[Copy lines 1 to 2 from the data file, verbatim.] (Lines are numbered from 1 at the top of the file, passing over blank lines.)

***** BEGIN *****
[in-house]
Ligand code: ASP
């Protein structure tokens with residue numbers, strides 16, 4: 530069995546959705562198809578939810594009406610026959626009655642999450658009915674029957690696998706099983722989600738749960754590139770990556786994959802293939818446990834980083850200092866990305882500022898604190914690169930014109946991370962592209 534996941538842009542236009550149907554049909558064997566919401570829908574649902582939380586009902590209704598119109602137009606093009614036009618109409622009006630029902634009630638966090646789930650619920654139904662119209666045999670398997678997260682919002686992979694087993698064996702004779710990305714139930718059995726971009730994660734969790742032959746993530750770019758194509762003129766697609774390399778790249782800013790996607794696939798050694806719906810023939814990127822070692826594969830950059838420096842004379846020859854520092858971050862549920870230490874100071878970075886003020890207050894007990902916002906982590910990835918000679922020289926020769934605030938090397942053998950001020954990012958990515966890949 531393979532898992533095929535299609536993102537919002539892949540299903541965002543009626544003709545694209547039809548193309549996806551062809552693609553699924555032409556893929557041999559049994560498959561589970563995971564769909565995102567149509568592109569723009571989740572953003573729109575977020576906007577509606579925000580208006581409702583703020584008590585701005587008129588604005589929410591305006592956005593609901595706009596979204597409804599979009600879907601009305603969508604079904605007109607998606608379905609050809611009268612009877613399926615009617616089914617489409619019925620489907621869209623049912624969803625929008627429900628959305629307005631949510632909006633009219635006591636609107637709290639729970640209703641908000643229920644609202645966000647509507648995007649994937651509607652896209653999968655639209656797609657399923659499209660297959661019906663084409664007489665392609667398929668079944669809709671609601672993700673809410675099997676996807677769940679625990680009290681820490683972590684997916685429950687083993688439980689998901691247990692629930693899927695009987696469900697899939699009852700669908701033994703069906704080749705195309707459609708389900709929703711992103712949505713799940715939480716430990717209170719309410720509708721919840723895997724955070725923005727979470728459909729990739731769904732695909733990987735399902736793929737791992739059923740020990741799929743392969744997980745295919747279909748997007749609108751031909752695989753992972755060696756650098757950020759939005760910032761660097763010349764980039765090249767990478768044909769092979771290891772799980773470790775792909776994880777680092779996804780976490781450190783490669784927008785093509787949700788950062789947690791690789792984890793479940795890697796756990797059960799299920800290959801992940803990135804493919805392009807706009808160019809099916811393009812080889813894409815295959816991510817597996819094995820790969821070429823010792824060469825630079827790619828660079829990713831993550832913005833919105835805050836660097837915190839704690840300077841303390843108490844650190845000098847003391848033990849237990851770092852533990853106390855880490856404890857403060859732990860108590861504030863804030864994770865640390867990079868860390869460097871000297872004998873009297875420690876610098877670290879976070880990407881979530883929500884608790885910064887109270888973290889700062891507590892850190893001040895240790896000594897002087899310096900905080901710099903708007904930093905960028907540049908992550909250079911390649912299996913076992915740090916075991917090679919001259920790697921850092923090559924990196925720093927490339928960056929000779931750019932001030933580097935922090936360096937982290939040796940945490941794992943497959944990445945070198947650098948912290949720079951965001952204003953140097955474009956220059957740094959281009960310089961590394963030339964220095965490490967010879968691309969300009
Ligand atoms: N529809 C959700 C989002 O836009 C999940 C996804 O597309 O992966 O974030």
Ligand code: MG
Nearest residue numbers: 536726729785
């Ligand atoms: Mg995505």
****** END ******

[in-house]
Ligand code: ASP